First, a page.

I think there was a lot working in concert. The world geophysical year 1958 was a big contributor to much that would follow. and it wasn't just outer space, the seas and depths were subject too. An oversimplification of mine is that the times gave us Apollo and also the Trieste 1 and 2, Alvin, Jacques Cousteau. Rachel Carson and Loren Eiseley. There was an enthusiasm about science and engineering leading the way forward into the unknown becoming known.
I have a few of the astonishing Mr. Science and Jimmy movies from back then (50's I think). Hemo the Magnificent, The Unchained Goddess, and one about our Sun.
It's really an amazing step from all the sources to what we now know, pretty amazing!
In my reading about space travel and colonization there are also references to both the US Army and Air Force studying and planning for small colonization of our moon using the Apollo vehicle 50 and more years ago. This based on the thinking at the time.
So I think your sentence correctly answered "yes" with emphasis on the "used to be" but only in ways. I think the motivations for doing so and relative economics are pretty lopsided when it becomes solely a geopolitical flag waving extravaganza. In the end it's engineering and real science and physics that make any of it possible.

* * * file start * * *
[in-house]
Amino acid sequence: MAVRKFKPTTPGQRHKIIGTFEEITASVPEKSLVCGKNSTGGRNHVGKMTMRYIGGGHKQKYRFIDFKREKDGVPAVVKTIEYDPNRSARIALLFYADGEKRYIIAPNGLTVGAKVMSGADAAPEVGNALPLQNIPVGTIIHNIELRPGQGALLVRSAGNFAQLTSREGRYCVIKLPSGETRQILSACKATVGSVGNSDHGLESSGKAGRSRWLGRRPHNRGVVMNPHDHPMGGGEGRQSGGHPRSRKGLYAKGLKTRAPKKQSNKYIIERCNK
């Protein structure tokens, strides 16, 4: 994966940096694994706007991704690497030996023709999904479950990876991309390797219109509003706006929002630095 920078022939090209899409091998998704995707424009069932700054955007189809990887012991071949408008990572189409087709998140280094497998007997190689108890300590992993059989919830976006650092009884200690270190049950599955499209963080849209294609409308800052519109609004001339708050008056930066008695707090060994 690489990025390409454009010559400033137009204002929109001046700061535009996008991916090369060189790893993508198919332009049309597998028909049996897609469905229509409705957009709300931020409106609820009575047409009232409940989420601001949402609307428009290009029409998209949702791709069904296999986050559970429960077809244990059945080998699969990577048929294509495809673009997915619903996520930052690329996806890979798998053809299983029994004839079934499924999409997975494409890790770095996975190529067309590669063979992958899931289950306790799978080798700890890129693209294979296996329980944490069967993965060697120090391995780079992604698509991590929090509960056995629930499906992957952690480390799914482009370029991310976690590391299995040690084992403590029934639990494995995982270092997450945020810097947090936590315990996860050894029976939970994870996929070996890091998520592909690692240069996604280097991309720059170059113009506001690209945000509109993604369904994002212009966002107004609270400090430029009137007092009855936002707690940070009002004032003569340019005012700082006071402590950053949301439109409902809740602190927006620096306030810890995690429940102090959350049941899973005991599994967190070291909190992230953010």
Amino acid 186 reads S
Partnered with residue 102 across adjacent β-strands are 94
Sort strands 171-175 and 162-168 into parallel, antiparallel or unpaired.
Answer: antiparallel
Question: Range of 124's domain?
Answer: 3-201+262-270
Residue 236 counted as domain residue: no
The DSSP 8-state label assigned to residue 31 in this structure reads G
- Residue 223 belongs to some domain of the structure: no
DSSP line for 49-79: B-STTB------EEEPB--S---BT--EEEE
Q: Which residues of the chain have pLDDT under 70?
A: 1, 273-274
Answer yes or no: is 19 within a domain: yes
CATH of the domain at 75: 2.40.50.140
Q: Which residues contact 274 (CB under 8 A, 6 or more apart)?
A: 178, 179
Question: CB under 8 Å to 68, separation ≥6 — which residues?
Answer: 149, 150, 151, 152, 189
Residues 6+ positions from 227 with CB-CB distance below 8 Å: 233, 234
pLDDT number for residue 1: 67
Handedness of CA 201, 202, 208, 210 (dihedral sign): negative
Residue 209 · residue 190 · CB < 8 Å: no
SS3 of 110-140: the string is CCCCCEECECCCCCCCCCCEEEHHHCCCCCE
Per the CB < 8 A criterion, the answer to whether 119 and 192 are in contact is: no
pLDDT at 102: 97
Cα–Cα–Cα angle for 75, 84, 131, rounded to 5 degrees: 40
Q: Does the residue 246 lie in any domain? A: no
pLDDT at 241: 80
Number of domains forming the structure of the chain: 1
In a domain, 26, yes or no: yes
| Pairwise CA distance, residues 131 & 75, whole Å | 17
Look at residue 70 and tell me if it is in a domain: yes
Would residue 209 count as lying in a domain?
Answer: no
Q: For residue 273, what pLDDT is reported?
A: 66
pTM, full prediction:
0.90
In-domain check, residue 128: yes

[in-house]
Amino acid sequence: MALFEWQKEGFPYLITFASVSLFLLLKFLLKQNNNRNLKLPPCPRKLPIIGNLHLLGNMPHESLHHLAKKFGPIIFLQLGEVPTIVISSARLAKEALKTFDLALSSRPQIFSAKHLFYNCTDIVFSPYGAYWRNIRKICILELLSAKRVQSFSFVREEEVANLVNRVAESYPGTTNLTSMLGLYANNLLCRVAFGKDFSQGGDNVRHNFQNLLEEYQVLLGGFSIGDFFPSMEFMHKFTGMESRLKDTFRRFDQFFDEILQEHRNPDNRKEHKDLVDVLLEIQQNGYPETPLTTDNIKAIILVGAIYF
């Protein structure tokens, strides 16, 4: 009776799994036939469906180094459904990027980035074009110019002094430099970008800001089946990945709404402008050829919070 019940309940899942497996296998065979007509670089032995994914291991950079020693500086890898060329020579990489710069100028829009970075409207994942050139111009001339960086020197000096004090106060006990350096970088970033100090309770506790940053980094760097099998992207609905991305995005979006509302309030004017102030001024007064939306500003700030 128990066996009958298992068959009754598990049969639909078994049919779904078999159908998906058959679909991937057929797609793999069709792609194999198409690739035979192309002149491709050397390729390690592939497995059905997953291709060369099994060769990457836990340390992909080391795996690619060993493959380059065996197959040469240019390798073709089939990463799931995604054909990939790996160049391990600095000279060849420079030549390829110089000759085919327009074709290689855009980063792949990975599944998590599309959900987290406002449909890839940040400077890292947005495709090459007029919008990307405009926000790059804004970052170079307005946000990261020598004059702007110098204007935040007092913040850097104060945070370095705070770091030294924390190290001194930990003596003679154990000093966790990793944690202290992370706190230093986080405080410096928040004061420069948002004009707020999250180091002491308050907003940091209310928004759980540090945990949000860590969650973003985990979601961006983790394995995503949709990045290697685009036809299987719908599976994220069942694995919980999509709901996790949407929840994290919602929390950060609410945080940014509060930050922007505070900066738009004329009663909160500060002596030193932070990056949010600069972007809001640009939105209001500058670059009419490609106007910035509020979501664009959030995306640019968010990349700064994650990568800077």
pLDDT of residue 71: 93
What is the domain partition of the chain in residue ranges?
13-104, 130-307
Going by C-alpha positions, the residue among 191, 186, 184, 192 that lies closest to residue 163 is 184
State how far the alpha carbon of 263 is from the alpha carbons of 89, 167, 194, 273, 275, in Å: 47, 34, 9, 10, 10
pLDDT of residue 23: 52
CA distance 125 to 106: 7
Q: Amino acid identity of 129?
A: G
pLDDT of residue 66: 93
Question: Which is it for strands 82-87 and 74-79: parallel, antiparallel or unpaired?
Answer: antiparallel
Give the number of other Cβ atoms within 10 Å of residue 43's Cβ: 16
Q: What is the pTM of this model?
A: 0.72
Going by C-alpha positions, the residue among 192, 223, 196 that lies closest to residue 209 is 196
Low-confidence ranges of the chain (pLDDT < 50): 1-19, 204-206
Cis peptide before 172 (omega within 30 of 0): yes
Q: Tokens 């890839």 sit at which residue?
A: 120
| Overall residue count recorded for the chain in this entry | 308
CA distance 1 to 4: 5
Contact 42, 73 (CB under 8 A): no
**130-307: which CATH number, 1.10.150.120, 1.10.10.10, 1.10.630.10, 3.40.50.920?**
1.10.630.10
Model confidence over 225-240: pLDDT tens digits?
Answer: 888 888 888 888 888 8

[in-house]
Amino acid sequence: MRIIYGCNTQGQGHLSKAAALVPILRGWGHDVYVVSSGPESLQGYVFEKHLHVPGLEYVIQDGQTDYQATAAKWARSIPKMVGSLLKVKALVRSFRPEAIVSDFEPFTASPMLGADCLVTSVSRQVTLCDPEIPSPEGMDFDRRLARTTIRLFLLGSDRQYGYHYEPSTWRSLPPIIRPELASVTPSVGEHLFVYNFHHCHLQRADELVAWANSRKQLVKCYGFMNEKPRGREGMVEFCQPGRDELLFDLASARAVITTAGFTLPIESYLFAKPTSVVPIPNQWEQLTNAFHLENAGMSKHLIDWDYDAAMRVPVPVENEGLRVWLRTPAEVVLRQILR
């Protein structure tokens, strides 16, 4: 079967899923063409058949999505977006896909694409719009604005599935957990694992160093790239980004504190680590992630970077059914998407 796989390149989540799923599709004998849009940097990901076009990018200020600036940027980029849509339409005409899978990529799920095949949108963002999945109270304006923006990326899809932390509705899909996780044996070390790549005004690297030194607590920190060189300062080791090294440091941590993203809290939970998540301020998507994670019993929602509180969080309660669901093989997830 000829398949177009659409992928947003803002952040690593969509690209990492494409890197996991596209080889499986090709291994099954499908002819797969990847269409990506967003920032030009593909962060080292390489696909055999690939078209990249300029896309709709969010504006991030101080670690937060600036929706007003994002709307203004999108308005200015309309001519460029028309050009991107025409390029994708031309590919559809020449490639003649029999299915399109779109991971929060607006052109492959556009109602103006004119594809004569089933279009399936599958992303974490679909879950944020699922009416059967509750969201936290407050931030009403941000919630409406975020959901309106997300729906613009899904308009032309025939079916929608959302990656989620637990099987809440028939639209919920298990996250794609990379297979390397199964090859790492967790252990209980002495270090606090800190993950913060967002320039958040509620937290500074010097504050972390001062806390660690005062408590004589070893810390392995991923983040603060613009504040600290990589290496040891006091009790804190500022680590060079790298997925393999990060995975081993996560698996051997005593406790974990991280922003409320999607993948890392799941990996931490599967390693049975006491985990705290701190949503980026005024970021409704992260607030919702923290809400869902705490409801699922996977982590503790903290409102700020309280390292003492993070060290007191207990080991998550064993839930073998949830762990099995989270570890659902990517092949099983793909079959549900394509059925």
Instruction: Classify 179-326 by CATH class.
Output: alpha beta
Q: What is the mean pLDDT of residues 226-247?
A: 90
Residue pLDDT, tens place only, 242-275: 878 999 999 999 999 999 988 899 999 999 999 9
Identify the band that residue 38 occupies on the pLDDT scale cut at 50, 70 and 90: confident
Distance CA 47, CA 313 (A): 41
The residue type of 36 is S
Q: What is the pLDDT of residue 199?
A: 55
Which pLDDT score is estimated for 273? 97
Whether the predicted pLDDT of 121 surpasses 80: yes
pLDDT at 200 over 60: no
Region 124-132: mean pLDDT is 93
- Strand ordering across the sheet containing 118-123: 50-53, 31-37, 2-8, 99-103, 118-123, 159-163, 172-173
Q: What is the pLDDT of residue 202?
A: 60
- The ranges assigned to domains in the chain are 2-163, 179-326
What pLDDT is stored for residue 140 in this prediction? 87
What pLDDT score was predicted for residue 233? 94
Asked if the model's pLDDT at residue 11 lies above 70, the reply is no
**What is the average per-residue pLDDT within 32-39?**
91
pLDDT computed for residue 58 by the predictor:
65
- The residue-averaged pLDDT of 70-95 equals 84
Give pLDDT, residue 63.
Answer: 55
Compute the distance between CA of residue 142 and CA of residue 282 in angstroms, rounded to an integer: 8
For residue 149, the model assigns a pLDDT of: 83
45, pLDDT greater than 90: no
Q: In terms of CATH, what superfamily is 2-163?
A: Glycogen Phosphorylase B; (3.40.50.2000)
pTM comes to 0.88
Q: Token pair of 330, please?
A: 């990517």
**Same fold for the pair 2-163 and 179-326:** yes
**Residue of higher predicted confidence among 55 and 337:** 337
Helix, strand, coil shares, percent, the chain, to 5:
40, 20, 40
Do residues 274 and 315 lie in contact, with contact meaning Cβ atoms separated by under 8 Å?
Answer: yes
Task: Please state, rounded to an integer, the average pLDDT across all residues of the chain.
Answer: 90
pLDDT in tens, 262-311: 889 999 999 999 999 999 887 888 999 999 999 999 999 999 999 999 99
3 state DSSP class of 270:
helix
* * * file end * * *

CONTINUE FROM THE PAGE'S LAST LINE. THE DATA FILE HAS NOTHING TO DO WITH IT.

Engineers made it all possible.
When I look at what I consider the current watershed of effort, based on different incentives it's pretty amazing how many companies have their hat in the ring from microsatellites to heavy lift. Not only do we know, but there is a magnitude or more of what we can be certain of in every respect to space travel.
There has been a void in interplanetary space travel, as already posted, that makes some of the belief systems and philosophy seem suspect, but that is an aside from the engineering required to make any of it actually happen.
In that sense, at least in launch platforms, SpaceX imo is an impressive series of success not matched in realty by any other concern. Honorable mention to Blue Origin, but that is all..SpaceX has and are re-writing the book, unfortunately only after lawsuit to be allowed to do so! Reality being that they very dramatically can compete on the payload into orbit cost, this has the Boeing/Lockhead conglomerate (now called ULA) running for the trenches and has upset the 'norm'. They collectively were the previous instrumentality in conjunction with the US Govt.
Microsatellites and other evolutions in LEO orbital technology vehicles offer another strata of 'necessary for the job at hand', this is altering the requirements for the lifting body and so there is also competition in that market.
All this to say manned space travel beyond the ISS has been severely hamstrung, The ISS became a destination instead of being a stopover to somewhere else.